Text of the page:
How about some pictures from over the last few months. Here’s to lolli-POP.


And Christmas at my mother’s house.


We haven’t had much snow this winter, but we did get a few inches one day.


Ok, not sure I really look all that good here, but here’s to age and beauty together.


And finally one taken the other day, Matthew at full personality.
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Comments

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  1. Buh4Bee's Avatar
    What a great blog. You can look back on this as a wonderful document marking his speech milestones. The pictures are precious!
  2. pussnboots's Avatar
    It's actually quite funny to watch daddy try to figure out what Matthew is saying at times. He'll sit there and stare at me for help and I'll tell him figure it out. Then I go on to say "what would you do if I wasn't here"? It is easier for me to understand Matthew's speech since I am with him all day.

    I do need to clarify a few words though.
    atar - guitar
    excise - excercise
    boppy - foxy
    I'm a rock dar - I'm a rock star

    I have one to add:
    Isippi - Mississippi
  3. Helga's Avatar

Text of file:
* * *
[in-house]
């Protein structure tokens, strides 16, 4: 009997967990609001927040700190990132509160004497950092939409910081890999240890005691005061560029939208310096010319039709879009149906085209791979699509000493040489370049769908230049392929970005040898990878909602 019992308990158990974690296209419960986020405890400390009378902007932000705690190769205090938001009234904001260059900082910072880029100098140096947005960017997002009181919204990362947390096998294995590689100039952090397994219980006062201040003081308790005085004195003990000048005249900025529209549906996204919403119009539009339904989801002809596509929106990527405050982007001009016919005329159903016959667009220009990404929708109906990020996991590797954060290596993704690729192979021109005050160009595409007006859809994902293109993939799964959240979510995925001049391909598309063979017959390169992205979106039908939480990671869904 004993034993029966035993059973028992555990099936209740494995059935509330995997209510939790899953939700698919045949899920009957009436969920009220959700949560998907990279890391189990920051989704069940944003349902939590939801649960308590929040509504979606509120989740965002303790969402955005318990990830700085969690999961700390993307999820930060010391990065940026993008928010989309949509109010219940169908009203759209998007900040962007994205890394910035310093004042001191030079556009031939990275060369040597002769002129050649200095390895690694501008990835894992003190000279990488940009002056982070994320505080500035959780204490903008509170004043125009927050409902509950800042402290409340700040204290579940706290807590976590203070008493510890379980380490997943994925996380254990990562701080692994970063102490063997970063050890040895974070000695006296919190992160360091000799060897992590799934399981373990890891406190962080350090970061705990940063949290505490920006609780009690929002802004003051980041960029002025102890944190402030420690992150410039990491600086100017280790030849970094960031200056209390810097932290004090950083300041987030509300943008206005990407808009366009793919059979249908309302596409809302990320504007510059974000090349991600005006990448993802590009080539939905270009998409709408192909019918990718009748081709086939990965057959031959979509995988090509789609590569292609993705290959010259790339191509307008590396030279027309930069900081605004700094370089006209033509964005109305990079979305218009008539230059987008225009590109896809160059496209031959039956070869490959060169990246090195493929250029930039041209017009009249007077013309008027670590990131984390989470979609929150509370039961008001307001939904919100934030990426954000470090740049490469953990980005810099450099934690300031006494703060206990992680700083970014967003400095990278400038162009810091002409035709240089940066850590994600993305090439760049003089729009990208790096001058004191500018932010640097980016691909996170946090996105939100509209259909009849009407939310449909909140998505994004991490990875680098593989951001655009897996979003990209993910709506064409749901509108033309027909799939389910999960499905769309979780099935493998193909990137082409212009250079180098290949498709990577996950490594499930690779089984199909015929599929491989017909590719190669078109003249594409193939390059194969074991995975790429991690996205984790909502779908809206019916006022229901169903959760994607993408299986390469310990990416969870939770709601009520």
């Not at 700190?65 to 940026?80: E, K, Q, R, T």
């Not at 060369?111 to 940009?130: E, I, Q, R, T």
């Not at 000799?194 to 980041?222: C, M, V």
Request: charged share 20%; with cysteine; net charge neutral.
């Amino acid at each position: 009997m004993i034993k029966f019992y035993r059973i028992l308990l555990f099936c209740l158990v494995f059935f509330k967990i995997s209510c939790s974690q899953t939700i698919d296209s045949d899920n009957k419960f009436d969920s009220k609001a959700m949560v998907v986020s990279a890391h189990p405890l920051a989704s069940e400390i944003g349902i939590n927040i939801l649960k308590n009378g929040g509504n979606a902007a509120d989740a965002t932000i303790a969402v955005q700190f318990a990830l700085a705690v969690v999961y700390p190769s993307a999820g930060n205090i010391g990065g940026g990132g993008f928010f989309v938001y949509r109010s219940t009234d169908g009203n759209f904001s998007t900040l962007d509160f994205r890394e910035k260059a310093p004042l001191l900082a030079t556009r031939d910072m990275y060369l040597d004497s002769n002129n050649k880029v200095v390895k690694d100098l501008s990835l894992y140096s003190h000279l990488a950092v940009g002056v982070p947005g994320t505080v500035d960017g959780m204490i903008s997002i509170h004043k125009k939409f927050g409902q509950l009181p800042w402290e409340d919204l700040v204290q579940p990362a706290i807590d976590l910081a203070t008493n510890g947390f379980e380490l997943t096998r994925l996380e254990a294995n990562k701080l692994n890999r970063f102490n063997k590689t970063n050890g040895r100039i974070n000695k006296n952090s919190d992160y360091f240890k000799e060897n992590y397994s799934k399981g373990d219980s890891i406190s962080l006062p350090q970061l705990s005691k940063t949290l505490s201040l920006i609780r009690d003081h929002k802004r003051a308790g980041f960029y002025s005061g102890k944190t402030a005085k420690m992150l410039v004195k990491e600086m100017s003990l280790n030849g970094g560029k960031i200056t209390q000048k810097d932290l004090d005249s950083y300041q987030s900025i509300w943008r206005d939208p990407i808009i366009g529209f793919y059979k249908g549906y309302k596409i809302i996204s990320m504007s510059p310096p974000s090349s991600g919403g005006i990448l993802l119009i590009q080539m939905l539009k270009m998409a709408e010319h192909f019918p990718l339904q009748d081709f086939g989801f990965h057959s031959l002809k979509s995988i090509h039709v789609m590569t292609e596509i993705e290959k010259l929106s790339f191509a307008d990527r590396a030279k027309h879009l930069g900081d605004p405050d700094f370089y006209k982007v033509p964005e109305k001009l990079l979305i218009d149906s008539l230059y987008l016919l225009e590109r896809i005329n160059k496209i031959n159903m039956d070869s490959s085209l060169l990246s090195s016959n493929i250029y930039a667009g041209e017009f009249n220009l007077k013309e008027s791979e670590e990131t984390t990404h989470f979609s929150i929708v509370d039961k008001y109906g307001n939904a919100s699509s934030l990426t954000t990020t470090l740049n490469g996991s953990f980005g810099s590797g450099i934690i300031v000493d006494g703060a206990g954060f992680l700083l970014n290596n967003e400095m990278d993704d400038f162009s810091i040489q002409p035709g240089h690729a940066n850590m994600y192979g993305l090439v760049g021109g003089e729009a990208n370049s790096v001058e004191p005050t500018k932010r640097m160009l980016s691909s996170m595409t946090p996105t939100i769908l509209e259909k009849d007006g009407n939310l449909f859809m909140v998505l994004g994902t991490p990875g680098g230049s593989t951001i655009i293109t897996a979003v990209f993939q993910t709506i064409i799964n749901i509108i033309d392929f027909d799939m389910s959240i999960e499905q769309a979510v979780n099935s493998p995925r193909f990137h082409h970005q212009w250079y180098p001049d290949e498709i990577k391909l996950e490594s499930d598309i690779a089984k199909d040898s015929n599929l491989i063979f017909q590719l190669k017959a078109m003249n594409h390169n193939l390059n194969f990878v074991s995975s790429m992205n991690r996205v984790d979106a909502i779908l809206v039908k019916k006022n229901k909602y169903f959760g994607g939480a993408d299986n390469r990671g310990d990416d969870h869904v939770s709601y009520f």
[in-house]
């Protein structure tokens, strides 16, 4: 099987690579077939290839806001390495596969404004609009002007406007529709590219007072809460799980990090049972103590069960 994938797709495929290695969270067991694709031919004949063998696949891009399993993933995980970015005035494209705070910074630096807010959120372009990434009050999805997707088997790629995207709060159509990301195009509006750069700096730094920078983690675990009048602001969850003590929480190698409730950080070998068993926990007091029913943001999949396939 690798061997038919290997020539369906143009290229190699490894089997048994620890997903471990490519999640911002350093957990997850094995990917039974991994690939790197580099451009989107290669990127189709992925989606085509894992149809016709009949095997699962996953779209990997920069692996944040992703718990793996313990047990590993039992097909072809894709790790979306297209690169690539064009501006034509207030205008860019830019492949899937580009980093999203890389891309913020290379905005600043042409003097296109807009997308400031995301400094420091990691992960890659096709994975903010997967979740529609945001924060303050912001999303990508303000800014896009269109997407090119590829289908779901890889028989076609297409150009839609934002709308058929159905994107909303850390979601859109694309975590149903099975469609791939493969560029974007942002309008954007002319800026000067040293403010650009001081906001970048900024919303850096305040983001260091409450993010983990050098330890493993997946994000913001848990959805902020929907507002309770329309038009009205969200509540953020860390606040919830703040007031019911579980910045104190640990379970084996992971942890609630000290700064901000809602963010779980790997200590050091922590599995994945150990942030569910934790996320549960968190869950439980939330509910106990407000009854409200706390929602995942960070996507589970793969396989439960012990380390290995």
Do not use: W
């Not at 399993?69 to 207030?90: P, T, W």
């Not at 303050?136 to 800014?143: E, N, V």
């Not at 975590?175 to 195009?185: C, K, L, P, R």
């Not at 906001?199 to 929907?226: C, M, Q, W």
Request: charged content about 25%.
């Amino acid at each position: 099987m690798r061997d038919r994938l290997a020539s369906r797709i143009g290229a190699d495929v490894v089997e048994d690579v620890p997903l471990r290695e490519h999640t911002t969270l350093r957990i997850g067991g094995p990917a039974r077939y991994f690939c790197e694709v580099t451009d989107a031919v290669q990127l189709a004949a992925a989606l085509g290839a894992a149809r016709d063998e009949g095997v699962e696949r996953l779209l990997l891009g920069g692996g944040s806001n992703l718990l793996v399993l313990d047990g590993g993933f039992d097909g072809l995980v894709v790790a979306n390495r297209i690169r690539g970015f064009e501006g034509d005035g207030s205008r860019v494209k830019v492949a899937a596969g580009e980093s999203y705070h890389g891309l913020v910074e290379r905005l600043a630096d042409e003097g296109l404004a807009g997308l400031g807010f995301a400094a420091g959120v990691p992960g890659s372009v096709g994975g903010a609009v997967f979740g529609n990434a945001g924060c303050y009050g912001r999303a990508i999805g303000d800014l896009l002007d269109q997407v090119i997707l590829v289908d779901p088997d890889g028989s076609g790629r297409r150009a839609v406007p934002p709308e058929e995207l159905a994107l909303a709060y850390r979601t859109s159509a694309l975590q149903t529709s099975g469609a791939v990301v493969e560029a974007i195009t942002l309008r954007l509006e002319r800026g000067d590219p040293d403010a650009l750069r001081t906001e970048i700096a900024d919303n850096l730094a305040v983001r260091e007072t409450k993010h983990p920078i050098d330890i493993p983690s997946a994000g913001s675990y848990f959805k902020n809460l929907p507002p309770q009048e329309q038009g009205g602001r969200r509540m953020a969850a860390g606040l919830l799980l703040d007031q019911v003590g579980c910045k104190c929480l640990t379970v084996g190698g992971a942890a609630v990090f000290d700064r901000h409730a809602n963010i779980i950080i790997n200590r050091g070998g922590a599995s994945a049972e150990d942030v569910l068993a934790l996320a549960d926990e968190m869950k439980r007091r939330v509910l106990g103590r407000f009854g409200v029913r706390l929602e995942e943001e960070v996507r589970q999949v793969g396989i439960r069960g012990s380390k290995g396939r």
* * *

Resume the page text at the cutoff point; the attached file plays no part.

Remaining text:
what a wonderful boy you have!! he is so cute. It's a wonderful time when they start talking and you can see how fast they learn, and oh all the words you don't understand. I try to remember how my boy said things at this age cause he loves hearing about it now.
  4. qimissung's Avatar
    Oh, my sides hurt. Thank you, Virgil and pussnboots for this glimpse into Matthew's development and your lives with him.

    I don't know what I enjoyed more, Matthew's quirky toddler speech, or the story of the co*k, or pussnboots' comment on daddy's purported helplessness. Got two kids, puss?

    Anyway, the whole thing was adorable, and yes, you all will love reading over this someday when Matthew is older.

    I love little kids. Everyone should have access to one. Thanks for sharing yours.
  5. Buh4Bee's Avatar
    It's so good- your family. We love your humor and honesty! It makes me feel so much better to know there are others out there like me and my family. Blessings on all of you!
  6. Virgil's Avatar
    Thank you everyone. I'm glad you enjoyed it.
  7. prendrelemick's Avatar
    Wonderful Virgil. It's the greatest thing ever, bringing up a child.
  8. LadyLuck's Avatar
    Oh my gosh! I can't believe how big he is getting, and I was laughing out loud as I was reading this. I'm sure there are more than a few people around the office wondering what was so funny. I had to laugh at co-k He's bound to be yelling it sometime if you ever take him out somewhere nice with wine
  9. Virgil's Avatar
    Thank you Prend and Lady.

    @Prend - Absolutely. My friend says it's the hardest job you will ever love. He's right.
  10. TheFifthElement's Avatar